The multi-storey design for a proposed primary and secondary school in Parramatta presages further densification throughout the suburbs of Australia’s major cities.
Western Sydney is set to host the first high-rise public school in NSW following a proposal to merge Arthur Phillip High School (APHS) and Parramatta Public School (PPS) in the suburb of Parramatta.
Grimshaw and BVN have won the international competition for the design of the proposed multi-storey educational facility, which will rise to a height of 14-storeys and provide education to as many as 2000 high school students and 1000 primary school students.
Renderings of the finished building depict a box-like multi-storey structure dominated by transparent facades that create a keen sense of openness. The primary school section of the facility consists of a U-shaped curvilinear structure with extensive green roofs and a central court yard.
The decision to create a high-rise educational facility is a telling sign of the ongoing densification trend that will transform many parts of suburban Australia, necessitating the construction of a greater number of high-rise buildings on small land holdings for residential and other purposes.
The high-rise facility will also see the implementation of the innovative Schools-within-Schools (SWIS) concept, which brings together students across a broader range of age groups into more cohesive educational environments.
The primary organizational unit for the school will be “home bases,” encompassing students from multiple age groups, In the primary school each home base will consist of 280 students and in the high-school 330.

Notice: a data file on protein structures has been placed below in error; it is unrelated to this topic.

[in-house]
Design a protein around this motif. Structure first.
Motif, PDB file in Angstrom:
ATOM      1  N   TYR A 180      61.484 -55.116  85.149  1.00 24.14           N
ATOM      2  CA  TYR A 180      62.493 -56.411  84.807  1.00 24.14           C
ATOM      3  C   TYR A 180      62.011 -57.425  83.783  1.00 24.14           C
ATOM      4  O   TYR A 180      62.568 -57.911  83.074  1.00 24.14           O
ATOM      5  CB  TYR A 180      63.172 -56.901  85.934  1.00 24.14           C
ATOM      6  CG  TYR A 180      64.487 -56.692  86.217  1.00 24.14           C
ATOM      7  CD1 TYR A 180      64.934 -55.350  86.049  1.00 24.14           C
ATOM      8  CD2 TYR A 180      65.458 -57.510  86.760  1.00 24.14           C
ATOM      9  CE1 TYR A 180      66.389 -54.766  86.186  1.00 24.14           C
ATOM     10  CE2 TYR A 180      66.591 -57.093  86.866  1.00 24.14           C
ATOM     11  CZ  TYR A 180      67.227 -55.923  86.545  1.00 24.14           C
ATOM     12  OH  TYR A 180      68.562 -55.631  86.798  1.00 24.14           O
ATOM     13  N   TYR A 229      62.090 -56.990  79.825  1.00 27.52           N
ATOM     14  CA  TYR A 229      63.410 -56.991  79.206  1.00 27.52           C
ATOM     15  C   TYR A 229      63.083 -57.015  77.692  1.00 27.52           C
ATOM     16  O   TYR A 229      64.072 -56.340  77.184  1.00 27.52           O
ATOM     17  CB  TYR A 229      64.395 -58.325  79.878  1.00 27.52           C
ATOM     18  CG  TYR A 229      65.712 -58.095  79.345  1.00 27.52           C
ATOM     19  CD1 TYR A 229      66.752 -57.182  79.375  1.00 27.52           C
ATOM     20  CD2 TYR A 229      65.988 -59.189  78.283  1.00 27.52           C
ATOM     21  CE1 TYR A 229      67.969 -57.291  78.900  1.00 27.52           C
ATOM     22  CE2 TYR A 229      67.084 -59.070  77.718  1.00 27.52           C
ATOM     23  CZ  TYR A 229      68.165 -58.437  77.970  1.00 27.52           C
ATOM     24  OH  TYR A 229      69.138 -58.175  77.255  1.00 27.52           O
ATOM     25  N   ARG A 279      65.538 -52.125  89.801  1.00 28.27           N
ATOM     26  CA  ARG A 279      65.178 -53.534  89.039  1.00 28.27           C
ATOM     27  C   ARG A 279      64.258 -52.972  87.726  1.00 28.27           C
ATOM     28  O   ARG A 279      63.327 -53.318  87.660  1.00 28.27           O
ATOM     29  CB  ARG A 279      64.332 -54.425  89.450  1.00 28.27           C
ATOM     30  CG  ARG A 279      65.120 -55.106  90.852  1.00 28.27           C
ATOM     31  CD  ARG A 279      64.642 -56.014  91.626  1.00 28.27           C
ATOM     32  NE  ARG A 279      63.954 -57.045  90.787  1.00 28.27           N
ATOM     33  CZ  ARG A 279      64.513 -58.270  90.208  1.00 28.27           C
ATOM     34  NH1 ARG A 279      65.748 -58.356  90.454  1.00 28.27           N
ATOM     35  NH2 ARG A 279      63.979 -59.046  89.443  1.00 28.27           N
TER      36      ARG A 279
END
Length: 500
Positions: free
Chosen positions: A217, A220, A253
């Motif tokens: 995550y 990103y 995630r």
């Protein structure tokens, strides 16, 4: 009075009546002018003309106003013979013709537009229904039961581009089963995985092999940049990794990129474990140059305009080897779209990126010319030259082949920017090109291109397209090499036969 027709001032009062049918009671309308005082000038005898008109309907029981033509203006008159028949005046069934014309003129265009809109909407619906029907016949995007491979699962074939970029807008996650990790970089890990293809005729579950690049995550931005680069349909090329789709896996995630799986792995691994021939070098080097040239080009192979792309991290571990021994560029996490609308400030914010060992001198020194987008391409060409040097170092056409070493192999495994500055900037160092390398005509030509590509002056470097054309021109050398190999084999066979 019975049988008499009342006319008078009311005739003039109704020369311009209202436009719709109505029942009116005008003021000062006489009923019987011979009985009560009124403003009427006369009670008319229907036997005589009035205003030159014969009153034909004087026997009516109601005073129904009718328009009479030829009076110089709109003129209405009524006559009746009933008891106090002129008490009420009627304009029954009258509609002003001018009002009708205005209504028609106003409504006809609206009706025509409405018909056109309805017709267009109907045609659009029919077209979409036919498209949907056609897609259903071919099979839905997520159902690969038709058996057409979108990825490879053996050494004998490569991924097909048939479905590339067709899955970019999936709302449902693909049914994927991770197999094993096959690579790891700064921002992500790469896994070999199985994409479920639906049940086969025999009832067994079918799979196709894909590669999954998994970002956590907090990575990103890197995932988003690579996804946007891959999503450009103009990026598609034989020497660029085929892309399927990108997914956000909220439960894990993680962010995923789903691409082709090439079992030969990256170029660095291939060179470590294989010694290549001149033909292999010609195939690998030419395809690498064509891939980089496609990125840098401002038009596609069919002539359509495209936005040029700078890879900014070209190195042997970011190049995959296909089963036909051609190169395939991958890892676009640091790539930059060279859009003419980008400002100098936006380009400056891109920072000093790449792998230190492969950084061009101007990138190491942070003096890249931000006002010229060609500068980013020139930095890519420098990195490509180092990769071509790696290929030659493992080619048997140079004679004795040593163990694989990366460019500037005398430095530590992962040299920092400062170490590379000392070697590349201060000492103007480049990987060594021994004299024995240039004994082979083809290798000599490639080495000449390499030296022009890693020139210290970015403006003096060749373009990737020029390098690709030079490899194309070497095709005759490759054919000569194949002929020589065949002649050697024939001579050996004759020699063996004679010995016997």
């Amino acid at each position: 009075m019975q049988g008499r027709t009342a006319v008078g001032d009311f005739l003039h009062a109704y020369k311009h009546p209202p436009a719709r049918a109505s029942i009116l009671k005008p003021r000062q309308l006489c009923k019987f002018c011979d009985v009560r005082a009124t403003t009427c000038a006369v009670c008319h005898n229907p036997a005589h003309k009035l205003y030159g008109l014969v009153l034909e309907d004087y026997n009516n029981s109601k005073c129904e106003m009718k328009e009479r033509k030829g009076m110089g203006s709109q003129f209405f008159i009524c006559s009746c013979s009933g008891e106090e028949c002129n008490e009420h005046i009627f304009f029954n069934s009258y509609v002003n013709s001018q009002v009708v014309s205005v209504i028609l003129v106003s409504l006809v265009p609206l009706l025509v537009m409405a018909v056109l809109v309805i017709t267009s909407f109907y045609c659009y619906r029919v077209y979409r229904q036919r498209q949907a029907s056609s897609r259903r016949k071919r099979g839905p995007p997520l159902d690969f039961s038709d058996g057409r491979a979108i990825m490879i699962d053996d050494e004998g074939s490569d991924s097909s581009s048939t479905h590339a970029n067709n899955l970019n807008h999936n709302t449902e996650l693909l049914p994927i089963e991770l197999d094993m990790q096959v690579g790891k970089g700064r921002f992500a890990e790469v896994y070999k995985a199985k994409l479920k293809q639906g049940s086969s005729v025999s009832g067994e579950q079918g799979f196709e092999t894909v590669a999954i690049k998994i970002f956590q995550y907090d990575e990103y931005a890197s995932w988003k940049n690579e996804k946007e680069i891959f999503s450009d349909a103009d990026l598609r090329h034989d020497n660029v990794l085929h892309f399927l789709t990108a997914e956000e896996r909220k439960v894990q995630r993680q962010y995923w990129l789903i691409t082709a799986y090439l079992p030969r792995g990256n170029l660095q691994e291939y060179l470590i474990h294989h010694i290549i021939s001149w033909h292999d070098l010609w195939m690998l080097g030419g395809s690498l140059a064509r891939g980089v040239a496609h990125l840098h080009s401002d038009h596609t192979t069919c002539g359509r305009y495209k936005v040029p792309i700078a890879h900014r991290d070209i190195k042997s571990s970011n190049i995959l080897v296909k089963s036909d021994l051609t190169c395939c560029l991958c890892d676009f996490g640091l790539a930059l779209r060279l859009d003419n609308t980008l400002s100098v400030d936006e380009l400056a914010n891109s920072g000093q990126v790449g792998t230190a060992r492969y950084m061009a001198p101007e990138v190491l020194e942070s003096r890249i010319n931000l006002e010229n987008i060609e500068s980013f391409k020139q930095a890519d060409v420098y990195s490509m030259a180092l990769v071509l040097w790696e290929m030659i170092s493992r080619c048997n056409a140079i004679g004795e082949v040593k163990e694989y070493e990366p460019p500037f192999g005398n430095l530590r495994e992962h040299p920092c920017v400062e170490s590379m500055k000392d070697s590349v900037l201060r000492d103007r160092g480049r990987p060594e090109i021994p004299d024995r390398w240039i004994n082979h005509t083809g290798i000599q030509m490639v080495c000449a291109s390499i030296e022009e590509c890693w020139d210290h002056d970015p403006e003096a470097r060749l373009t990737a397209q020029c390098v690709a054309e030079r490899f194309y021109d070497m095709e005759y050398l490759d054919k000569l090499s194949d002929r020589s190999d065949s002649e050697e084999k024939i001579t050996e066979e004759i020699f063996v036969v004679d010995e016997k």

The primary school will host three home bases consisting of 280 students, while the high school will have six home bases consisting of 330 students.
In keeping with the school’s innovative organisation, its high-rise design marks a radical departure from the uniform classrooms and staid hallways to which most members of previous generations are accustomed.
In the high school the home bases will be housed by two-storey open spaces equipped with softer, more comfortable furnishings, while the facility will feature a number of outdoor learning spaces for both primary and secondary students, as well as terrace and mezzanine areas.
According to Grimshaw Partner Andrew Cortese the design of educational facilities themselves play a critical role in the education of students at a formative stage of their lives.
“The school buildings act as the social infrastructure for the transformation of individuals and their communities through learning, inclusivity, and outreach, with wellbeing and playfulness arising out of the integration of the physical and environmental,” said Cortese in a statement.